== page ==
This project started off somewhere in June 2014, when I saw the article on Howard Langley’s building of his own motor home. I had always had the urge to build my own camper, and when I saw Howard’s invitation to contact him for more information and advice, I did just that.
I also did some research and found that the vehicle Howard used, a Fiat Ducato, is equipped with a very reliable Iveco 2.3 Turbo diesel motor which is very economical with fuel. I bought a mediumsized high-roof version and started off with the project.
My wife and I decided to use the same layout as Howard had. We liked the idea of two separate beds with a passage in between, which allows movement without affecting the other person. Utilising the cab enlarged the living area, resulting in a nice sleeping room, comfortable kitchen area and separate toilet cubicle.
During daytime mode, the swivelled front seats allow for a cosy area for four, should we need to stay indoors due to bad weather. All of this is accommodated in a rather compact vehicle (5,5 metres) that can be utilised for ordinary around-town driving, as well.
I bought the roof vents and arranged for the windows and vents to be installed. The cab aircon and window tinting was also outsourced before the real build started. Some “heavy metal” work for the seat swivel mechanism was assisted by Stanley de Kok from Pengwen Steel Enterprises in Vereeniging. Apart from this, the rest of the build was all done by me, with my wife, Luana, assisting with the interior ‘software’ items.
Our kitchen at home was renovated a while ago and the old cupboard wooden framework came in quite handy during the construction. Formica sheets were glued to the 3mm Supawood ceiling, and 12mm Plywood was used for the floor. Isotherm was used for insulation under the floor, behind the panelling and on top of the ceiling. No holes were drilled in the floor; support strips were glued to it.
Pine strips were used for most of the construction – I used about 120 metres of these, and soon discovered that, instead of buying pre-cut strips, using Pine shelving (selected) cut into 25mm strips, saves a lot of money.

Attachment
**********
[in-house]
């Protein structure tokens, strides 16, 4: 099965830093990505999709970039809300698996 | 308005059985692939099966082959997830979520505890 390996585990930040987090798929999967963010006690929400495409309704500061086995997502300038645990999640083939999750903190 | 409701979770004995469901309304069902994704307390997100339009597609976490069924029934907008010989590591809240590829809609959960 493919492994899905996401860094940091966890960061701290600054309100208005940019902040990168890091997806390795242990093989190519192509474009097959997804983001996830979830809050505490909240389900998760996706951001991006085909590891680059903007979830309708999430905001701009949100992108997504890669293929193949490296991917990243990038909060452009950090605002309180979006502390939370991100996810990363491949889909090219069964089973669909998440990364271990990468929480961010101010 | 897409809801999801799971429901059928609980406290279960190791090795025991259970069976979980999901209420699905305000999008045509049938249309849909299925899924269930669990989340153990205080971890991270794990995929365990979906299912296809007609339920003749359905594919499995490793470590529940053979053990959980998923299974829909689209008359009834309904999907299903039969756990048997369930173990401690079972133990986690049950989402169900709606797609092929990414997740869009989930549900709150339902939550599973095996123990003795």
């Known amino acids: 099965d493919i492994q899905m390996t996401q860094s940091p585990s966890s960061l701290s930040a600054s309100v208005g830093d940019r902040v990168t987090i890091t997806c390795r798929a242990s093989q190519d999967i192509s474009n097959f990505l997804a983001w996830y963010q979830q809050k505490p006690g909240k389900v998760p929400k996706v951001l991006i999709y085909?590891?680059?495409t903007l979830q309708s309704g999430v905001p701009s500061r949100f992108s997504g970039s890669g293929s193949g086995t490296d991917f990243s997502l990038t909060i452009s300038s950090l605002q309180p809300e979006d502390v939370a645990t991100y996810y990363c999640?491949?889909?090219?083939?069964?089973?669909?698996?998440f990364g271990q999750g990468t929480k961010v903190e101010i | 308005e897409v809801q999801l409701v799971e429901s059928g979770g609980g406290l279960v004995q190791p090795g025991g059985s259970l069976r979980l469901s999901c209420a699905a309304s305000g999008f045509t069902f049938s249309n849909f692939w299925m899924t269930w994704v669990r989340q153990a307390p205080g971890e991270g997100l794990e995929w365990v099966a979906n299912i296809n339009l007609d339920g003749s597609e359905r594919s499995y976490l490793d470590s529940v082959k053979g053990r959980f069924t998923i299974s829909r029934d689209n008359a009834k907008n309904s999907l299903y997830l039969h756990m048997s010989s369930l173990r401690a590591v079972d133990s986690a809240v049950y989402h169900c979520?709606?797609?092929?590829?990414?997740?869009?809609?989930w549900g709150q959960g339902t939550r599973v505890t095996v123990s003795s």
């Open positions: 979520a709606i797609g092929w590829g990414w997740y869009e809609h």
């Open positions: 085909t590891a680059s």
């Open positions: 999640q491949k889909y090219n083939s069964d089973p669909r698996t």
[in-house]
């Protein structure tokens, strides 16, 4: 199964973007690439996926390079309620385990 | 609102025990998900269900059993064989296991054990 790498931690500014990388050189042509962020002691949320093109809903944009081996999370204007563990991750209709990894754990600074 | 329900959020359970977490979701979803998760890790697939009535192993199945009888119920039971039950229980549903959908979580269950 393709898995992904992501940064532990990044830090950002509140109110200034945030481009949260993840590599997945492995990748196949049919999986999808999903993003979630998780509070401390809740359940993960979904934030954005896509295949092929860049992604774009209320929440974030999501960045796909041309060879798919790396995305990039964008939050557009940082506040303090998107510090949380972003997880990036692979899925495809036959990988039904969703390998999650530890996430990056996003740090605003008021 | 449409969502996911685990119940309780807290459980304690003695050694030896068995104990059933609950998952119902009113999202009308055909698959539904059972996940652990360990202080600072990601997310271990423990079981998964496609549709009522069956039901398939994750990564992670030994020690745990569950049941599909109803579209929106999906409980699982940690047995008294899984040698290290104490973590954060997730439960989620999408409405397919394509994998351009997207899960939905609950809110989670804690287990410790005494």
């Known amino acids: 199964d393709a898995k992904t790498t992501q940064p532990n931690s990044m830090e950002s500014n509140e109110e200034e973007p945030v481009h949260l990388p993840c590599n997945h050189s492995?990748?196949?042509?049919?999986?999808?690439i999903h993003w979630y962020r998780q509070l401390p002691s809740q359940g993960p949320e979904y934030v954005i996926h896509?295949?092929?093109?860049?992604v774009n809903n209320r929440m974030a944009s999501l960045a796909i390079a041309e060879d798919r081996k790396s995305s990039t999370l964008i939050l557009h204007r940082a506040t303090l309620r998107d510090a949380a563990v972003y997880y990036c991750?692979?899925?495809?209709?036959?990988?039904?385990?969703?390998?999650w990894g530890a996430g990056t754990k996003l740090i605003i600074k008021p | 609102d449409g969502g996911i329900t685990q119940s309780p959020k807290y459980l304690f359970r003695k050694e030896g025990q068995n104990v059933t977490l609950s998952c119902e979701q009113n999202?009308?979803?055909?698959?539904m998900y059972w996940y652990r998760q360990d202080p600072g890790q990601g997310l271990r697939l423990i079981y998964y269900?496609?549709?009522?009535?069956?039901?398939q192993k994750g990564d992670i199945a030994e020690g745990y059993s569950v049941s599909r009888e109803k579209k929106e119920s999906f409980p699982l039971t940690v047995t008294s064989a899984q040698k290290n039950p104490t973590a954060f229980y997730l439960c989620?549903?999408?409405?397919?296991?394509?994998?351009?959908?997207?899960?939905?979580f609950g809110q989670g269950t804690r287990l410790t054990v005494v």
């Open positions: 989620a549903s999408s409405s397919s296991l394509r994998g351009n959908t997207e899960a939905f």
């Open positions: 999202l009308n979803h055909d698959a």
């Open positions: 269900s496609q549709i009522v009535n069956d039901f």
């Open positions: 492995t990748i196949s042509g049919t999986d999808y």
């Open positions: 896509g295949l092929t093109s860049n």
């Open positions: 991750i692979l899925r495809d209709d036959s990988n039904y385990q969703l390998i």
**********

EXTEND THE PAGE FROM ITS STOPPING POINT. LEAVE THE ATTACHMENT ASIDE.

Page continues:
A critical component of this layout is to have the front seats swivel around to allow for the extension of the beds, or for enlarging the living area. Swivel mechanisms are not easily available in SA and had I to do these myself − another task that took much longer than planned. Fortunately, the husband of a colleague of mine helped out with the more heavier metal work on this in his engineering shop. Doing these swivels ourselves saved me about R6 000.
Fiat Ducato Motorhome Images
The motorhome has a 220V AC circuit which feeds 8 plugs as well as the Engel fridge (when not on 12V) and the microwave oven. It has a 120A/hr Lead Crystal battery feeding the 12V DC circuit. A National Luna intelligent solenoid links this battery to the vehicle’s own battery. A CTEK MSX10 charger is used to do the charging when 220V is available.
The 12V system also feeds the water pump which feeds the flush toilet and sink. Two LED reading lights were installed above each bed and have proved to be very handy. Six other LED lights are available elsewhere in the living area. A second car radio was installed at the back, feeding from the auxiliary battery when the vehicle is stationary.
The motorhome has a 55L water tank, located just above the right-rear wheelarch at the back of the cupboard. We decided not to install a geyser, as the plan is to stop over at caravan parks and make use of their facilities.
The kitchen has a work-top area of 1.7m x 0.7m, with a sink and a two-plate gas stove, seven drawers and two overhead lockers supported by gas-stays to keep the doors open.
A Fiamma F65S crank-out awning was installed to provide shade. A quick flip-out table-top is available behind the sliding door to be used when we are relaxing outside.
The floor was raised behind the cab area to facilitate storage space, but drops, with a step, to the kitchen area. More storage area is available under both of the bed bunks as well as under the toilet cubicle/cupboard and the kitchen cupboard. A cupboard with hanging space, as well as three drawers for clothing, is located between the toilet cubicle and the bed.
The satisfaction of having done it ourselves compensates many times over for the many hours spent on the project. The total amount of money spent on our motor home did not exceed R370 000; and keep in mind that it is a brand-new vehicle with brand-new contents. Nowhere in the world is there a double; this one is unique. Can’t wait for the next trip!